# TBR Gen Chem Titrations Q33

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#### ThinkDoc

##### New Member
10+ Year Member
The passage gives the titration curves for a conjugate pair. The question then asks you to compare the pH at the starting point for the acid with the pH at the equivalence point for the conjugate base.

The initial concentrations of the acid and the conjugate base are .10 M in 25 ml, and you bring the volume to 50 ml by adding 25 of the titrant.

The answer key says that concentrations of the two point differs by a factor of 2, therefore the pH should differ by the log of the square root of 2. How come?

#### LoLCareerGoals

##### Full Member
5+ Year Member
Can you post a full question for those of us without this book? It is probably due to the coefs of the reaction (2 proton acid), hard to tell without actual reaction.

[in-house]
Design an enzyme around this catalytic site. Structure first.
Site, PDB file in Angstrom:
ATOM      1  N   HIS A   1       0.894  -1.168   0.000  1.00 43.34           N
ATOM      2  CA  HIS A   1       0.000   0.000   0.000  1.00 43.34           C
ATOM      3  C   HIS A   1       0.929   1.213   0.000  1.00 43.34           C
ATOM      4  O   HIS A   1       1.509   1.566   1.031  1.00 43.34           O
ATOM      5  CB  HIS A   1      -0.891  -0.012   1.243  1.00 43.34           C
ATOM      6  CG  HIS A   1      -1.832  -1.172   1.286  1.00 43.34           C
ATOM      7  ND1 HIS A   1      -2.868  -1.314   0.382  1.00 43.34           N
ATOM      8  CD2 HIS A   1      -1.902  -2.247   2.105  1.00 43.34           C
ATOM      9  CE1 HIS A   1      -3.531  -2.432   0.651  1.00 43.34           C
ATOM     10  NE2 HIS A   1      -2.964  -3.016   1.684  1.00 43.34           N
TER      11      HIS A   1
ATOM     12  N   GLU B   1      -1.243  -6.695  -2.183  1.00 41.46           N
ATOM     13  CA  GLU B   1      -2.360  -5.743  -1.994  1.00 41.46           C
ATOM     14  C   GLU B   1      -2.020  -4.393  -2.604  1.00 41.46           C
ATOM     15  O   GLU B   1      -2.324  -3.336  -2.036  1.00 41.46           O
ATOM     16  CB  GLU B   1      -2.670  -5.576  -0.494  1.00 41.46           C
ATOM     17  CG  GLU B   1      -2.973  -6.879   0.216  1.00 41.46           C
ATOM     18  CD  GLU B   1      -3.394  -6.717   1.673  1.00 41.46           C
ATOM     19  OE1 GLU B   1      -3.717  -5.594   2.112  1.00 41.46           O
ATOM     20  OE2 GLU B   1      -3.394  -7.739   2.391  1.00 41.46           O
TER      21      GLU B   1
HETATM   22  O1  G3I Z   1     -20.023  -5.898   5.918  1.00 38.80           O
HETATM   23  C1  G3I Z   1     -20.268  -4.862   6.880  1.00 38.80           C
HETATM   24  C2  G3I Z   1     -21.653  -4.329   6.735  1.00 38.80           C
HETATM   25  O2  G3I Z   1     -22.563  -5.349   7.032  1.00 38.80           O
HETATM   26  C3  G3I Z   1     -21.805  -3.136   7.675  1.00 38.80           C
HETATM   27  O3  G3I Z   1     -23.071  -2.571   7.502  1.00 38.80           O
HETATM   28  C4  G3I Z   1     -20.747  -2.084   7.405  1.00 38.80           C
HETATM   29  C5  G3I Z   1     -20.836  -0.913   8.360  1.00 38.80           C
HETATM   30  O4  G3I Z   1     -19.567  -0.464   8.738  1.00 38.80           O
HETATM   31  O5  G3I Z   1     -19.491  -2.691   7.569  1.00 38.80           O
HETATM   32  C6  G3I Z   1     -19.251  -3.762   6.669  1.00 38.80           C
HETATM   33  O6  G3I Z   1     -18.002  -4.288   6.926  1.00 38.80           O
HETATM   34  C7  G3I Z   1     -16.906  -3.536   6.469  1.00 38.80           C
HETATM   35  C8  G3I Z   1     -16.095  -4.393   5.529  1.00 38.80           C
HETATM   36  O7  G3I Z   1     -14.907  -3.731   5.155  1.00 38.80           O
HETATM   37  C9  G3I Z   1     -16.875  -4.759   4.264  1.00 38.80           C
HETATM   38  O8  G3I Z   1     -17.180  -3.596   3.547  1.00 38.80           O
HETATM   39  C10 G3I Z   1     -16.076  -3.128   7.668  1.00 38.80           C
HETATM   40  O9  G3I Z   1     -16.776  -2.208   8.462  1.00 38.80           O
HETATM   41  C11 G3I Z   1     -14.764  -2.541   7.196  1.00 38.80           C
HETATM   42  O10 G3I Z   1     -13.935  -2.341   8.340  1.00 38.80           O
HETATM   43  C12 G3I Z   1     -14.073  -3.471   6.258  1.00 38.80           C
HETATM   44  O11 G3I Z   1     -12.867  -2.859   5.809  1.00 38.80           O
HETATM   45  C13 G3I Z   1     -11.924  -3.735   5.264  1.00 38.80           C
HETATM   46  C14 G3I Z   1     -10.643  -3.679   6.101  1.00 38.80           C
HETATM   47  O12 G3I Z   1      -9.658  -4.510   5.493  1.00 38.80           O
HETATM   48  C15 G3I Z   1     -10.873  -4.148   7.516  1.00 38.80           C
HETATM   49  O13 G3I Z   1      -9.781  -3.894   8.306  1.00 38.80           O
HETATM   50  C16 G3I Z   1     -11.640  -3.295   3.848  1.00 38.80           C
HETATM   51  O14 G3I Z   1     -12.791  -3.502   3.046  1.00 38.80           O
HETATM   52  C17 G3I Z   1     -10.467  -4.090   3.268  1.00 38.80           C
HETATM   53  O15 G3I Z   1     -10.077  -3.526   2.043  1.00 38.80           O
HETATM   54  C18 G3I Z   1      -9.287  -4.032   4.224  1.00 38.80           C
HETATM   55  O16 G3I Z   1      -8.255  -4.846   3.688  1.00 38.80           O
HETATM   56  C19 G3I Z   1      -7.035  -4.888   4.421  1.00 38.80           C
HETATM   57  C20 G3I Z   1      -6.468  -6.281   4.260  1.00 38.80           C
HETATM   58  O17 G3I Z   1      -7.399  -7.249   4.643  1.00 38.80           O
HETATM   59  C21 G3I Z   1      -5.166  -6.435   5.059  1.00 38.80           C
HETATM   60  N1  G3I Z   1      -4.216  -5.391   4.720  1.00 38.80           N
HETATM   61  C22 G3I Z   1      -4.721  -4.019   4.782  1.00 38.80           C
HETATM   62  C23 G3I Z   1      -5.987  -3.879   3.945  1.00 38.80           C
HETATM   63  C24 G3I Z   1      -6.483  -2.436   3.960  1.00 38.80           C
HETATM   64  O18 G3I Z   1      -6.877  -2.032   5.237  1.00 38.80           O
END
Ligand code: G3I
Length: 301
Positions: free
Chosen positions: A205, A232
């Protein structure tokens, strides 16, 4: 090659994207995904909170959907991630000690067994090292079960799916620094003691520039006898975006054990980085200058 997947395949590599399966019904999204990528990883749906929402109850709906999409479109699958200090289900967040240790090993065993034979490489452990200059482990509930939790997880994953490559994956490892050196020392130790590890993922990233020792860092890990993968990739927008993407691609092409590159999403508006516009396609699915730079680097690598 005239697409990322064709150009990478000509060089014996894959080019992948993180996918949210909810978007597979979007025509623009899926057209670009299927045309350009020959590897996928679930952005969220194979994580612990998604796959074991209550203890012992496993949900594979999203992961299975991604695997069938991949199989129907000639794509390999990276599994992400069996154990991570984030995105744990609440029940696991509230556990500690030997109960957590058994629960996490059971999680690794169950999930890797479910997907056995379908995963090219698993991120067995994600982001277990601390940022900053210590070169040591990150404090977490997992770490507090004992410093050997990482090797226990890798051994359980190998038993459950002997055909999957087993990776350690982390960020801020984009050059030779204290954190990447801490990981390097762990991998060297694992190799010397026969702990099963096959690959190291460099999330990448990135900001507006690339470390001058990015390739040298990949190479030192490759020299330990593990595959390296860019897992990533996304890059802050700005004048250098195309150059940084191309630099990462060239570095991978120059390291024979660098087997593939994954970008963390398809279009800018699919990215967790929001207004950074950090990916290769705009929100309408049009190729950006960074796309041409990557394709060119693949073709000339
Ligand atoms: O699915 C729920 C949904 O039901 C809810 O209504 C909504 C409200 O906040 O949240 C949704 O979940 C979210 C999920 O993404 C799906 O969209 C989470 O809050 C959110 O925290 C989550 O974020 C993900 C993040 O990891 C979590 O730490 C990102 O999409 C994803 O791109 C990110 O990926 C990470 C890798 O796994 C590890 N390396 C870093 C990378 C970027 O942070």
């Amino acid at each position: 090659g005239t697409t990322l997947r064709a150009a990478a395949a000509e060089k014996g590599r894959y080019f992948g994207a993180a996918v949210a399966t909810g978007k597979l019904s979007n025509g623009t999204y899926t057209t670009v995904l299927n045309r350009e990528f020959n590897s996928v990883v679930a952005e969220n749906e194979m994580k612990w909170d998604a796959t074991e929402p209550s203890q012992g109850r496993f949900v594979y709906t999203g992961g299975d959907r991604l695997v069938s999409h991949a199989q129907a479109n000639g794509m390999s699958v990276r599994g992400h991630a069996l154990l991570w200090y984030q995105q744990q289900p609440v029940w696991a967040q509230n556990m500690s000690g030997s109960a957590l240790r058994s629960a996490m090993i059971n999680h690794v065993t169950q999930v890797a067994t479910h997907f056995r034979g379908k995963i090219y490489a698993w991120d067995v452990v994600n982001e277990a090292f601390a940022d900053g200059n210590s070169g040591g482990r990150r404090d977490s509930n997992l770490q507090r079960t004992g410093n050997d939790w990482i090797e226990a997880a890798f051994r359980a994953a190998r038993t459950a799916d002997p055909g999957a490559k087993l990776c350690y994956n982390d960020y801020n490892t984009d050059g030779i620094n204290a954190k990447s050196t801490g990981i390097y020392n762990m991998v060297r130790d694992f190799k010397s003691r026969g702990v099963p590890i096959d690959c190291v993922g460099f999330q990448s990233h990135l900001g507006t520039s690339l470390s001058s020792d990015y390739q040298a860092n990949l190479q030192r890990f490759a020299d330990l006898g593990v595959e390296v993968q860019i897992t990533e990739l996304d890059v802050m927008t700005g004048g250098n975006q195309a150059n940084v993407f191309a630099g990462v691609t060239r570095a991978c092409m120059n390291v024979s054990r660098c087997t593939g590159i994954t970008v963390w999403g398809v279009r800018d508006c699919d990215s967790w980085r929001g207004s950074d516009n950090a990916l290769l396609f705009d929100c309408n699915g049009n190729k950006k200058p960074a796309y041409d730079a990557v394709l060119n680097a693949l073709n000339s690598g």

#### Tarasaurusrex

##### Full Member
M1V1 = M2V2

At equivalence point

M1 = 0.1M
V1 = 0.025L
V2 = 0.05L

So M2 = 0.05M

x, -x, -x

-x^2 = (M1/M2) = -2

-x = (2)^(1/2)

x = log(2^(1/2))

#### V5RED

##### PGY-2 Family Medicine
10+ Year Member
It is based on the quick formula they use in the BR books for determining pH at equivalence points.

For the -log[HA]/2 part, your [HA] for the less concentrated form is half as much as for the concentrated form. This means a difference of -log[2]/2 (ie one concentration is double of the other) this is equivalent to -log(2^1/2) because you can convert a scalar multiplied by a logarithm into a logarithm using said scalar as an exponent.

Basically they got really fancy with their answer and didn't bother to explain how they got there.

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